Blog: Dean BestOutlook for niche trade shows remains sweet

Dean Best | 8 September 2009

The mercury has been rising in a sweltering London today (8 September) and the exhibitors and attendees at this year's Speciality & Fine Food Fair in the UK capital have given the show a warm reception.

The event - a chance for the UK's niche producers (and a smattering from overseas) to gain custom with the country's independent retailers, delis and foodservice outlets - has taken place when some have questioned the merits of exhibiting at a trade show in such straitened economic times.

Nonetheless, while a representative of confectionery importer HF Chocolates said it had been one of the quietest of the nine years in which they had attended the event, some first-time exhibitors struck a more upbeat tone.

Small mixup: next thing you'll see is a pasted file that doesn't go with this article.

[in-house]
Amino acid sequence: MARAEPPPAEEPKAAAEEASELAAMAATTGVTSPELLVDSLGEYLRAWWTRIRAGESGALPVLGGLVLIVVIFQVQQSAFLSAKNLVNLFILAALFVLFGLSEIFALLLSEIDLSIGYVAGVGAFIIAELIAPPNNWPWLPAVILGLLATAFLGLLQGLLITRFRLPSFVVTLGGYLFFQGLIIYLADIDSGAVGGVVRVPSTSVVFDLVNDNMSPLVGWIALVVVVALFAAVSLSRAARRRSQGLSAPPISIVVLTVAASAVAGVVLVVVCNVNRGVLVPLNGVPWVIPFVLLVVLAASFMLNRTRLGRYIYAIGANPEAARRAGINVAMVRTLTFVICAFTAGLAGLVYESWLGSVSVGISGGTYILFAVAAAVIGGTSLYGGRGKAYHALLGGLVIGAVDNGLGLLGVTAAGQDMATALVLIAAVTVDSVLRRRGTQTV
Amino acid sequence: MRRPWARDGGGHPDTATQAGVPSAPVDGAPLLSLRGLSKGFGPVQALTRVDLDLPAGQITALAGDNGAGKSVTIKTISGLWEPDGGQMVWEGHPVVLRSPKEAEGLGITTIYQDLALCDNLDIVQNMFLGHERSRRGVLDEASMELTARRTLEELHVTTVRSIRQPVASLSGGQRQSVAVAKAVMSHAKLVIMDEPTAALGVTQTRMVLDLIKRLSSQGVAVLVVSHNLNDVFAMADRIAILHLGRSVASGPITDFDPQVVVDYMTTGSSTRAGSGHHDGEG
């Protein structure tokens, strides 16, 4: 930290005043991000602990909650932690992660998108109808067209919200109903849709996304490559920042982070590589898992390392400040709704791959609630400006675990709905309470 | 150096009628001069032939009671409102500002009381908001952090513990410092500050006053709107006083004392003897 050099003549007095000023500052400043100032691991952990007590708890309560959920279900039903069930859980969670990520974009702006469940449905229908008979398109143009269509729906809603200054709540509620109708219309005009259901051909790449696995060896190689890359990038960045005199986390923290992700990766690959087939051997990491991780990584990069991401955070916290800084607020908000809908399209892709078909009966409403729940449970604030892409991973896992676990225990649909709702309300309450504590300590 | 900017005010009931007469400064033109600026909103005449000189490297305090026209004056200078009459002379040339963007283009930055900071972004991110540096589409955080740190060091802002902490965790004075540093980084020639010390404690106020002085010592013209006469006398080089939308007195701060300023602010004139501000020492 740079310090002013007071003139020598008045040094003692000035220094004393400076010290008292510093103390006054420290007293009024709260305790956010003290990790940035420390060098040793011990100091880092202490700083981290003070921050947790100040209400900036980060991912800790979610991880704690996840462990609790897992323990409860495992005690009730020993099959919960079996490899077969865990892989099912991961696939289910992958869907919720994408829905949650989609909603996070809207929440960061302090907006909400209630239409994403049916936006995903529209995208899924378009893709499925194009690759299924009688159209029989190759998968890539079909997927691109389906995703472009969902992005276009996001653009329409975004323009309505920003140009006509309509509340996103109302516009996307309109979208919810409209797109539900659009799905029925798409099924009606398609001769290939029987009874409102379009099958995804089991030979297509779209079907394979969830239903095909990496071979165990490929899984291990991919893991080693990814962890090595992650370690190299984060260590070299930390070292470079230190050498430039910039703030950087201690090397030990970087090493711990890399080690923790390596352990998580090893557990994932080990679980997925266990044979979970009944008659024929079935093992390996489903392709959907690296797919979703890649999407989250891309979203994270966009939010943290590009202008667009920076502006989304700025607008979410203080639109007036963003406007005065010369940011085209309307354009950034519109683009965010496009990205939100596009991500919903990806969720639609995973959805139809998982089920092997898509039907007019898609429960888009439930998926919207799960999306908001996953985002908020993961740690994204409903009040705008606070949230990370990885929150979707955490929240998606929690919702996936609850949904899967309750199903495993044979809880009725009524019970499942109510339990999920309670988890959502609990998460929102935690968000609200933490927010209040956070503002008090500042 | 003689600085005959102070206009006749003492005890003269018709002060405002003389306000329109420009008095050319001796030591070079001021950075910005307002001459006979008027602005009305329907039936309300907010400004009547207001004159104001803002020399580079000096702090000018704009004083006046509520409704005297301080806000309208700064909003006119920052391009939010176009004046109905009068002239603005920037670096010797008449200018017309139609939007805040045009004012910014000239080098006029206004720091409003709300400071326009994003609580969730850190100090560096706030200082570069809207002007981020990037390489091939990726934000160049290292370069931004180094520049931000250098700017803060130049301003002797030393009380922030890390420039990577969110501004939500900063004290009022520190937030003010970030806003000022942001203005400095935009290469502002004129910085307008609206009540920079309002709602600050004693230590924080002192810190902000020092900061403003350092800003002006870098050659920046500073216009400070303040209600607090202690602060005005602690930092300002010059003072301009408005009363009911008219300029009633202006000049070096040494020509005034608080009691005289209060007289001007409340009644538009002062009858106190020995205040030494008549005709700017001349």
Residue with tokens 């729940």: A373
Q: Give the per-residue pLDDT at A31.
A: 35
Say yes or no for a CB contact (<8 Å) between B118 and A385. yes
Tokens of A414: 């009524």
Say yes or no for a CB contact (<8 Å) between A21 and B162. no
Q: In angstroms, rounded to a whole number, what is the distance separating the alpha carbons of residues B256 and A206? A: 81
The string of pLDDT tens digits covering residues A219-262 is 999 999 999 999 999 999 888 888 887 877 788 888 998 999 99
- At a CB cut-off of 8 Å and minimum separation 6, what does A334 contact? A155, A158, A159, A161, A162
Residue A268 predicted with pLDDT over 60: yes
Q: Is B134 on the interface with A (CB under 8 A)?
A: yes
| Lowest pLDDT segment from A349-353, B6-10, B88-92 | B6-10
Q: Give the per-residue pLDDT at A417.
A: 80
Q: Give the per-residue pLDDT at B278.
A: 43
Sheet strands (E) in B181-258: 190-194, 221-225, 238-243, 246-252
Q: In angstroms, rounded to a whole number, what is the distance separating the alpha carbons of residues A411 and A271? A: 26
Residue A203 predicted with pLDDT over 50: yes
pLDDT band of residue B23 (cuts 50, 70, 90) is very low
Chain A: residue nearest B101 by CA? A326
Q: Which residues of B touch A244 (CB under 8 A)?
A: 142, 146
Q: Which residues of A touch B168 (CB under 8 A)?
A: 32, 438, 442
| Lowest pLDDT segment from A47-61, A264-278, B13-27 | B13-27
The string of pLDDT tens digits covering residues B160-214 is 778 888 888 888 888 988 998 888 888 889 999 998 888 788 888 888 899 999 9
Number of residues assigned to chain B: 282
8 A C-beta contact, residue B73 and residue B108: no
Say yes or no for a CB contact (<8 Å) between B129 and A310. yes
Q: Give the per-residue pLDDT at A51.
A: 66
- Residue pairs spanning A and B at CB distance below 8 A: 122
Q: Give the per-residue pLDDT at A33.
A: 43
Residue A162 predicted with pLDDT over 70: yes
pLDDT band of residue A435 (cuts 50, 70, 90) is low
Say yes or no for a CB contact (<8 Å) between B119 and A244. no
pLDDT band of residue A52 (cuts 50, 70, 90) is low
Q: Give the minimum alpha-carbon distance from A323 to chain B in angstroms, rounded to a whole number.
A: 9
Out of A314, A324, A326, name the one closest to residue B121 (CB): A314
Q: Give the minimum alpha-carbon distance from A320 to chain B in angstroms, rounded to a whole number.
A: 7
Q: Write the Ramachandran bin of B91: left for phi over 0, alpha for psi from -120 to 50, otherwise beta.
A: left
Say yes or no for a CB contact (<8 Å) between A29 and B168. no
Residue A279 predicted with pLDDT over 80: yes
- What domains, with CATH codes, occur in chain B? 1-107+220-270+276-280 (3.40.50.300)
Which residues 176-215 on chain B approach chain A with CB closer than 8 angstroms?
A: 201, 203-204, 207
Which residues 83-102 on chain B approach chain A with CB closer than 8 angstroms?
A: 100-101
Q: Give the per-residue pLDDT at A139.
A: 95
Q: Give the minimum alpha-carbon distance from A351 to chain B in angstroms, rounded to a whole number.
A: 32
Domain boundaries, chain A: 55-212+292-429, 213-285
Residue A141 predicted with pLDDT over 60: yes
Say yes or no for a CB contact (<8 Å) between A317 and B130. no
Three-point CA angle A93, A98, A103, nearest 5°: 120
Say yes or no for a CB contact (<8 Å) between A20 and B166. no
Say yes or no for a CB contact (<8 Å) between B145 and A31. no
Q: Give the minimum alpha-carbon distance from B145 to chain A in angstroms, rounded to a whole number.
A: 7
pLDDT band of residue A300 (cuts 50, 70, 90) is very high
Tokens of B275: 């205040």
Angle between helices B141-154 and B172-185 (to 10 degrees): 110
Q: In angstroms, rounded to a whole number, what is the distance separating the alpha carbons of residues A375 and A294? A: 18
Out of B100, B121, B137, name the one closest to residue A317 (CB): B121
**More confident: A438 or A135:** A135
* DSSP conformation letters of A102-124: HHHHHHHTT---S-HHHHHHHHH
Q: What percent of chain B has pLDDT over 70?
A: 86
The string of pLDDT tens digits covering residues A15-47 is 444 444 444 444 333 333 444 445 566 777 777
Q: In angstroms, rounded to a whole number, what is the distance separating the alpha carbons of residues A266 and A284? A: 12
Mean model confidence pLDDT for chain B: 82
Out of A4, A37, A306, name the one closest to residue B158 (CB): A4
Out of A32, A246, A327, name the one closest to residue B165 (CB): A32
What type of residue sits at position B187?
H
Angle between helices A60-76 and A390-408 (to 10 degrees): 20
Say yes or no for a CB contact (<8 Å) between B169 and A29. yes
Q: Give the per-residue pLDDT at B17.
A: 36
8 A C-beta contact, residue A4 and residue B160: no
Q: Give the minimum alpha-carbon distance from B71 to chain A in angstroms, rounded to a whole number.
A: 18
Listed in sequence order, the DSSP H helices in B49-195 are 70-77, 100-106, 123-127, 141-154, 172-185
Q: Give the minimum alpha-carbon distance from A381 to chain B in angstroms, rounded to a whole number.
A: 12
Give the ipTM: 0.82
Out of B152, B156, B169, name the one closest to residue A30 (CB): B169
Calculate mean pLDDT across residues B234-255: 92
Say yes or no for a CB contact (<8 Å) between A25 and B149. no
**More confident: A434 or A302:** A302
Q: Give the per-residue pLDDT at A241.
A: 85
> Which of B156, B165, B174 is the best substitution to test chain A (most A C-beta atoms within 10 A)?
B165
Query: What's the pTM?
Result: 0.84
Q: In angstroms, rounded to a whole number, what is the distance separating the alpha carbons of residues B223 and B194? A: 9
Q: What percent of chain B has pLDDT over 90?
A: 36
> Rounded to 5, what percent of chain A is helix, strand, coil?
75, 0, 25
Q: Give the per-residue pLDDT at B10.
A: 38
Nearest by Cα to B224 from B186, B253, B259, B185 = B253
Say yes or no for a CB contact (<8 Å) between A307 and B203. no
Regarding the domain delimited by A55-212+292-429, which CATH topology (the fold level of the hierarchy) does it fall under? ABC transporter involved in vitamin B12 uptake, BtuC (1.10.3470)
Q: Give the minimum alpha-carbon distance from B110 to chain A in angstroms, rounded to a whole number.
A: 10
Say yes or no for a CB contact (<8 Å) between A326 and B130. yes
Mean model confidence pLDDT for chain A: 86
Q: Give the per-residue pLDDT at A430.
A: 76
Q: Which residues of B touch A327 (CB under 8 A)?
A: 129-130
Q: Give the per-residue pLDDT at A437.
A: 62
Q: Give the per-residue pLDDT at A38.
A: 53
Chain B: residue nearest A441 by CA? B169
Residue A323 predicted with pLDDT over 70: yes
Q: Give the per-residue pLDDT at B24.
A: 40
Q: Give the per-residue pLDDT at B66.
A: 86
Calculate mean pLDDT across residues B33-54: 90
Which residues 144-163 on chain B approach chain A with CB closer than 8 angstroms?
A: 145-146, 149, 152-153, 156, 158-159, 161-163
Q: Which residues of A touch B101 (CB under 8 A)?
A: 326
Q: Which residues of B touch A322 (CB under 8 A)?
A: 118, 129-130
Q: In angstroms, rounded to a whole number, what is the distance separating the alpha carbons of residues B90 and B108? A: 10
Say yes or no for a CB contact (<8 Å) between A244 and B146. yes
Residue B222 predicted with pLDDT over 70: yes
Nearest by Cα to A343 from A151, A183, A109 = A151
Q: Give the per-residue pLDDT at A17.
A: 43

James Smith, founder of chocolatier Sobo Chocolate, said his two-year old business had just been looking at expanding its London listings beyond its debut in Selfridges but, during the show, had received queries from around the UK - prompting him to consider new products and new lines. "It's a nice problem to have," he said.

UK importer Mood Foods was also in a bullish, erm, mood as it attended the event for the first time, and launched Pacari, a single-origin chocolate from Ecuador. "There is very high interest in single-origin chocolate," director Richard Turner said.

High-end chocolate maker Holdsworth, which sells its wares into Waitrose, was a former exhibitor keen to be at the show again. "It's one of the only chances you get to actually meet and speak to your customers," director Genevieve Holdsworth told us.

Despite some recession-fuelled anxiety over the future of niche trade shows, the outlook for some remains sweet.


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